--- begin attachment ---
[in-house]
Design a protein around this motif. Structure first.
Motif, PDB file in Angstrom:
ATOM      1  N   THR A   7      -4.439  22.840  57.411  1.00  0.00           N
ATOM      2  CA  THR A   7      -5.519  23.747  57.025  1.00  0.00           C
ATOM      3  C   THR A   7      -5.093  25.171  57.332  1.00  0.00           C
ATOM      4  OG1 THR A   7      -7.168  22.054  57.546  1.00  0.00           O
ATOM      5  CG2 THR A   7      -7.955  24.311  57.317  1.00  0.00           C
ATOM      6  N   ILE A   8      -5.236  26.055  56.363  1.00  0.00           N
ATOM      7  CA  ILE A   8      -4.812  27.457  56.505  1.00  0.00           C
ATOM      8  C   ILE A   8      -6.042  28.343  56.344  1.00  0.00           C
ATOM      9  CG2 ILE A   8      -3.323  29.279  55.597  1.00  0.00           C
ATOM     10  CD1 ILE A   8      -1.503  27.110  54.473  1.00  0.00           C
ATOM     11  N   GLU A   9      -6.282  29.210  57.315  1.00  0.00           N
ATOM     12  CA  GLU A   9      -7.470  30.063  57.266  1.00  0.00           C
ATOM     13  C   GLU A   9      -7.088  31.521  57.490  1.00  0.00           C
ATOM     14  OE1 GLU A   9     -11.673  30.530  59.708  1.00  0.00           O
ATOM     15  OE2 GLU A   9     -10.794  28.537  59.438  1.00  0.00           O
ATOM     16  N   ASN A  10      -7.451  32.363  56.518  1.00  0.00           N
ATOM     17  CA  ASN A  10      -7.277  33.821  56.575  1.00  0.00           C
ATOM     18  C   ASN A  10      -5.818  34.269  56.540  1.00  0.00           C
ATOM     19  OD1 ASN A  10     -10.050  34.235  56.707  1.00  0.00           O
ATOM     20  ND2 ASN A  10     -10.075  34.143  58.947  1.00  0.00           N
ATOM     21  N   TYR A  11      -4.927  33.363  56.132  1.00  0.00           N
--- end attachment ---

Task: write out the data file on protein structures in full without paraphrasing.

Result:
[in-house]
Design a protein around this motif. Structure first.
Motif, PDB file in Angstrom:
ATOM      1  N   THR A   7      -4.439  22.840  57.411  1.00  0.00           N
ATOM      2  CA  THR A   7      -5.519  23.747  57.025  1.00  0.00           C
ATOM      3  C   THR A   7      -5.093  25.171  57.332  1.00  0.00           C
ATOM      4  OG1 THR A   7      -7.168  22.054  57.546  1.00  0.00           O
ATOM      5  CG2 THR A   7      -7.955  24.311  57.317  1.00  0.00           C
ATOM      6  N   ILE A   8      -5.236  26.055  56.363  1.00  0.00           N
ATOM      7  CA  ILE A   8      -4.812  27.457  56.505  1.00  0.00           C
ATOM      8  C   ILE A   8      -6.042  28.343  56.344  1.00  0.00           C
ATOM      9  CG2 ILE A   8      -3.323  29.279  55.597  1.00  0.00           C
ATOM     10  CD1 ILE A   8      -1.503  27.110  54.473  1.00  0.00           C
ATOM     11  N   GLU A   9      -6.282  29.210  57.315  1.00  0.00           N
ATOM     12  CA  GLU A   9      -7.470  30.063  57.266  1.00  0.00           C
ATOM     13  C   GLU A   9      -7.088  31.521  57.490  1.00  0.00           C
ATOM     14  OE1 GLU A   9     -11.673  30.530  59.708  1.00  0.00           O
ATOM     15  OE2 GLU A   9     -10.794  28.537  59.438  1.00  0.00           O
ATOM     16  N   ASN A  10      -7.451  32.363  56.518  1.00  0.00           N
ATOM     17  CA  ASN A  10      -7.277  33.821  56.575  1.00  0.00           C
ATOM     18  C   ASN A  10      -5.818  34.269  56.540  1.00  0.00           C
ATOM     19  OD1 ASN A  10     -10.050  34.235  56.707  1.00  0.00           O
ATOM     20  ND2 ASN A  10     -10.075  34.143  58.947  1.00  0.00           N
ATOM     21  N   TYR A  11      -4.927  33.363  56.132  1.00  0.00           N